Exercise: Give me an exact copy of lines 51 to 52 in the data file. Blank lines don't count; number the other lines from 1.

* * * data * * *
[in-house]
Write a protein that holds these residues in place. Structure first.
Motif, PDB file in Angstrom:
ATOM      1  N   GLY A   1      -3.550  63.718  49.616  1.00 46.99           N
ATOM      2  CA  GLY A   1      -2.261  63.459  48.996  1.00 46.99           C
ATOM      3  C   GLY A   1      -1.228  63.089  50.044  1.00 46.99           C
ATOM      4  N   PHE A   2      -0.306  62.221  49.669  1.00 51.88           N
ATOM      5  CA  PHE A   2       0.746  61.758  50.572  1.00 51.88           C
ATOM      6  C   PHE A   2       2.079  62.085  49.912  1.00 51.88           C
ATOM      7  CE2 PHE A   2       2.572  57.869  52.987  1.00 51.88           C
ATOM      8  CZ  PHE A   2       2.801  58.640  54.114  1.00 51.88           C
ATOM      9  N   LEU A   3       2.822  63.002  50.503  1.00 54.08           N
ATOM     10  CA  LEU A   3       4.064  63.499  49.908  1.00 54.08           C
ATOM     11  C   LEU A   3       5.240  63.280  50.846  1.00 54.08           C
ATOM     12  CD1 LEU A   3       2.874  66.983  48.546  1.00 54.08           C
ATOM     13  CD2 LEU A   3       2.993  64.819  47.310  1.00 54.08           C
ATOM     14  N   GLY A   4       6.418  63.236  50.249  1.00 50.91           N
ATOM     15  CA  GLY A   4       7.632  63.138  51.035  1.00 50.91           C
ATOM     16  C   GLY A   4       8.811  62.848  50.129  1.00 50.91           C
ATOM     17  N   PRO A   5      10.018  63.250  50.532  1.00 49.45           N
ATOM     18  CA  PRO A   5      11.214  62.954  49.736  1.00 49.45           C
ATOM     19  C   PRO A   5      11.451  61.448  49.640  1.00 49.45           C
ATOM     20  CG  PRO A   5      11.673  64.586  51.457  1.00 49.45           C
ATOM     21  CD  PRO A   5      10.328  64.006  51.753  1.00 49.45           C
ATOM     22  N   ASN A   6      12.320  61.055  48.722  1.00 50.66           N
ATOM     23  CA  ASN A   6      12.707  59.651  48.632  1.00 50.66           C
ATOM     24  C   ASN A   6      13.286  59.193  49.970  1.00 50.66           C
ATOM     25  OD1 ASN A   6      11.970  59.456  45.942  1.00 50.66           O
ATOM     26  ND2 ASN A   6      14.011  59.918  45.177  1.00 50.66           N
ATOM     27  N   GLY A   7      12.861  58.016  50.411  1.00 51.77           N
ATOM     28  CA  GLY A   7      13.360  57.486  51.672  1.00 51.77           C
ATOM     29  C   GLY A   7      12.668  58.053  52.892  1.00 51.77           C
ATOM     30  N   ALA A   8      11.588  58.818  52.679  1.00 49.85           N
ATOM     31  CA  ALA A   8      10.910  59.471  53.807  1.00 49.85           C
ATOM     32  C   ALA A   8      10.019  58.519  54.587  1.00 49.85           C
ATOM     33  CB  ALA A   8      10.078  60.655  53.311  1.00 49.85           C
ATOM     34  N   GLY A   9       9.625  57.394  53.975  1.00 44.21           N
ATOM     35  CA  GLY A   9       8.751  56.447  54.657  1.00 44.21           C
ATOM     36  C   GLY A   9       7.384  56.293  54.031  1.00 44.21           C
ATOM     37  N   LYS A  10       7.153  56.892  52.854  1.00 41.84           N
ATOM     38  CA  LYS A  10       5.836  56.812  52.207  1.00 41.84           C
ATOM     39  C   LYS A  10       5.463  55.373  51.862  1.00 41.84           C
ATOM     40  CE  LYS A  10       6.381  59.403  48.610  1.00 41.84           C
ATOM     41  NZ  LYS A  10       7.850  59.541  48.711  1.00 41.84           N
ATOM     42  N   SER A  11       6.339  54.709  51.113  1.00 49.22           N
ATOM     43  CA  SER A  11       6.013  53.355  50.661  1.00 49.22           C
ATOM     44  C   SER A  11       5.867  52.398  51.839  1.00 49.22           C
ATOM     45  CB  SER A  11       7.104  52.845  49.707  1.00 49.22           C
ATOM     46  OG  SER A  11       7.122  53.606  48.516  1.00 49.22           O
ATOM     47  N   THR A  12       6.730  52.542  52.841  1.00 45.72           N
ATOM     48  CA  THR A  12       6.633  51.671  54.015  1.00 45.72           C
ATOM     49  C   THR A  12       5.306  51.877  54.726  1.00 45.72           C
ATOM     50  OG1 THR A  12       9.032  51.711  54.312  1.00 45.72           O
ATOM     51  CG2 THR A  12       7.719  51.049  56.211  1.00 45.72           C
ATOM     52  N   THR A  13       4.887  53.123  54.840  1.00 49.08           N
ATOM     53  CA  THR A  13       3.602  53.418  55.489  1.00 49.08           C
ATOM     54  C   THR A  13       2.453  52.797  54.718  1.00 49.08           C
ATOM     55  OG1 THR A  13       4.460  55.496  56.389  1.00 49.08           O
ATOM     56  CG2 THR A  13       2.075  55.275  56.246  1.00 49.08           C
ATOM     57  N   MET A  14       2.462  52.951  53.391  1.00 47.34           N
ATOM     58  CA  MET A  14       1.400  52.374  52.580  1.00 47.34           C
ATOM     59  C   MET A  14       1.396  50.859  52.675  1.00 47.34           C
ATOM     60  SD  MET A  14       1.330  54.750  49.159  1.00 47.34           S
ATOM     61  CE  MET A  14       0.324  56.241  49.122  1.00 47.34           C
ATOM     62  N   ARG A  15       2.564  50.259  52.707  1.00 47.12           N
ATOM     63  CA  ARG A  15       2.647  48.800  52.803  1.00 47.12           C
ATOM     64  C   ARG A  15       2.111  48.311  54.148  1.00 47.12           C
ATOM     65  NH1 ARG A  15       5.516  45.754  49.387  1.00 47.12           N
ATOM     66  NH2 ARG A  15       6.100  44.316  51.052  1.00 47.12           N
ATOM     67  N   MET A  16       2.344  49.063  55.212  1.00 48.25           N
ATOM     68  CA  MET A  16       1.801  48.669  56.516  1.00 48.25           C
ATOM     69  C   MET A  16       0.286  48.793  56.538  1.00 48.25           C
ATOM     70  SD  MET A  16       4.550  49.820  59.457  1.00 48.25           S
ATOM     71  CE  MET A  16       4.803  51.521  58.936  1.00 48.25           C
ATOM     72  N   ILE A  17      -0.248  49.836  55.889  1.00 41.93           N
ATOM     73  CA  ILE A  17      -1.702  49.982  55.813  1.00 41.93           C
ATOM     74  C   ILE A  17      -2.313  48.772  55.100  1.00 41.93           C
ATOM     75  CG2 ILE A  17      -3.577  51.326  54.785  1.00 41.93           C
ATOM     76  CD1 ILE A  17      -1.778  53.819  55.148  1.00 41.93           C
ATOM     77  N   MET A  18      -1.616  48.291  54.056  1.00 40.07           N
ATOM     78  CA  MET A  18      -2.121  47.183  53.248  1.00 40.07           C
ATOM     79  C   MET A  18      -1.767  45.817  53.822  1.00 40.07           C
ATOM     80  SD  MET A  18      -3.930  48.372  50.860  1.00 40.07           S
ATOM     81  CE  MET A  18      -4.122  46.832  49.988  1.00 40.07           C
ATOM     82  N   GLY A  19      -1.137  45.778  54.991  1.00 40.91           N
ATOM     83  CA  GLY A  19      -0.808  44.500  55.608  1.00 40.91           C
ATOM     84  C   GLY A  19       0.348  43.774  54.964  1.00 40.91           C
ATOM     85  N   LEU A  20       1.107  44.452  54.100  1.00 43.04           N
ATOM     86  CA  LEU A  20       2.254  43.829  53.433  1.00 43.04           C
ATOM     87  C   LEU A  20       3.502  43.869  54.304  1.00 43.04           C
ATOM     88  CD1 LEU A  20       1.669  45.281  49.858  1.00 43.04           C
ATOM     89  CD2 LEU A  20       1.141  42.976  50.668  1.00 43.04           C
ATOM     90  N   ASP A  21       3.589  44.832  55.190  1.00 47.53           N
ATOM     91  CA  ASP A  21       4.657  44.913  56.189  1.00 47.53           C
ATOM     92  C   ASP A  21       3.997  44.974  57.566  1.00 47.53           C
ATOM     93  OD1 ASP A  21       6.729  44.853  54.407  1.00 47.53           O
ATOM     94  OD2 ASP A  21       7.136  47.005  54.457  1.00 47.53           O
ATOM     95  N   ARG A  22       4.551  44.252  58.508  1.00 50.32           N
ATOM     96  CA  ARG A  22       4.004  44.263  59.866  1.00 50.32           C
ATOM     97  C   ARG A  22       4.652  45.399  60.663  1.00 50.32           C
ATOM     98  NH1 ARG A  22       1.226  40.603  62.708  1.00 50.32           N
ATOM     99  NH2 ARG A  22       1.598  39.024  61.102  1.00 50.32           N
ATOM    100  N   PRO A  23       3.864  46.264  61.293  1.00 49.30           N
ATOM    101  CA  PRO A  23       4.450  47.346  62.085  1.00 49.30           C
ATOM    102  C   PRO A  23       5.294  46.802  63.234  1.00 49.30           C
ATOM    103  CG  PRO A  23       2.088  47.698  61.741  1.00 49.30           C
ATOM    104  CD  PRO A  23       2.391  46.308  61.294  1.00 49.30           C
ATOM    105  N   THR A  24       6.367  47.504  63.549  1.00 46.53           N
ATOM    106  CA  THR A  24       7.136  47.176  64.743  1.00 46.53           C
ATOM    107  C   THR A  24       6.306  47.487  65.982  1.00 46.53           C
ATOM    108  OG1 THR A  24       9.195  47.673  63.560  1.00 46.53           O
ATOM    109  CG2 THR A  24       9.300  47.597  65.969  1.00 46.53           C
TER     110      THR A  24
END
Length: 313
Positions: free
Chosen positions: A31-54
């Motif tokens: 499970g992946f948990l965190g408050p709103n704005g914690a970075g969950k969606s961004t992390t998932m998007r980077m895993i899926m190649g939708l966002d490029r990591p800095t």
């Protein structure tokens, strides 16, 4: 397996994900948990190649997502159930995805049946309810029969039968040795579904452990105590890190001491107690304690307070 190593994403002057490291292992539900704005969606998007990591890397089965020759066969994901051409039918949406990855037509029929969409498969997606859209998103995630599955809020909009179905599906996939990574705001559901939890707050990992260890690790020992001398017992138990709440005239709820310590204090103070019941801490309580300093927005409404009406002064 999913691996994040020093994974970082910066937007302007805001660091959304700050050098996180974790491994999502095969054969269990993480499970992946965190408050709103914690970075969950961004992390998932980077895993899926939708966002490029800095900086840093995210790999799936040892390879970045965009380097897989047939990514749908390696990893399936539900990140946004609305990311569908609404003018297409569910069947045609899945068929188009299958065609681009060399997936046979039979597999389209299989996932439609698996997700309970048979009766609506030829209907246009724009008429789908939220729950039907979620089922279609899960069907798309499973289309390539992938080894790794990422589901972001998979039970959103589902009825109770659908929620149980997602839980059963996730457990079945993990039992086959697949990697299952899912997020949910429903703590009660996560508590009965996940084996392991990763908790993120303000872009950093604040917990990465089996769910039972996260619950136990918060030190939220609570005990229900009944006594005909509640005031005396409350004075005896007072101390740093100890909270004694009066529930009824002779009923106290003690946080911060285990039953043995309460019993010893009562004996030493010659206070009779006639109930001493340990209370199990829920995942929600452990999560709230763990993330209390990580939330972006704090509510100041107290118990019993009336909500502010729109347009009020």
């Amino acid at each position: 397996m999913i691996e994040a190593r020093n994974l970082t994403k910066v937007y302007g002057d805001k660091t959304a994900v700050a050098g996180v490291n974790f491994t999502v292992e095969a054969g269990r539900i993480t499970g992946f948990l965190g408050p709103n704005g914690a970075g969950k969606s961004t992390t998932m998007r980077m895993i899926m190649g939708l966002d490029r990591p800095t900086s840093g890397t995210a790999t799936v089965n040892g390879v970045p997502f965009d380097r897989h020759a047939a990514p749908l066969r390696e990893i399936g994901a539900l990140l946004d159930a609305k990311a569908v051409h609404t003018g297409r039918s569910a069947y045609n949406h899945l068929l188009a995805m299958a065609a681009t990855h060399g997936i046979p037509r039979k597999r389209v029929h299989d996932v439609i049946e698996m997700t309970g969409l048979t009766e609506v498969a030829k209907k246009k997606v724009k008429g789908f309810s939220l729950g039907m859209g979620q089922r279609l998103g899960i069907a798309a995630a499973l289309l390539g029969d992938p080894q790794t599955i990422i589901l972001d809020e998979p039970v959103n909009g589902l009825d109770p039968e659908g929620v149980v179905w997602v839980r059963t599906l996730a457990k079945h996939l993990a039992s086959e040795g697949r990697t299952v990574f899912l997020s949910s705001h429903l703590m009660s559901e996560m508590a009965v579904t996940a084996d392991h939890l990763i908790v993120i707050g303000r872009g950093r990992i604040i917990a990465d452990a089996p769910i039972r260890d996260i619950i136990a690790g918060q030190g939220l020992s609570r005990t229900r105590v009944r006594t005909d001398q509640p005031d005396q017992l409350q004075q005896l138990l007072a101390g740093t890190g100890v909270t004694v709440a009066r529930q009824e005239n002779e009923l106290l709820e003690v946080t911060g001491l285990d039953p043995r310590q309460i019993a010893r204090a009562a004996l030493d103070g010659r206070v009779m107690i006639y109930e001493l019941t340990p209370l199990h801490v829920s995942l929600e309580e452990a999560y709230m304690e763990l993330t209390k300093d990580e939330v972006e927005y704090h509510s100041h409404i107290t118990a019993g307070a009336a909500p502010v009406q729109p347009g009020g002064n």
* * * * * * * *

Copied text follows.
ATOM     48  CA  THR A  12       6.633  51.671  54.015  1.00 45.72           C
ATOM     49  C   THR A  12       5.306  51.877  54.726  1.00 45.72           C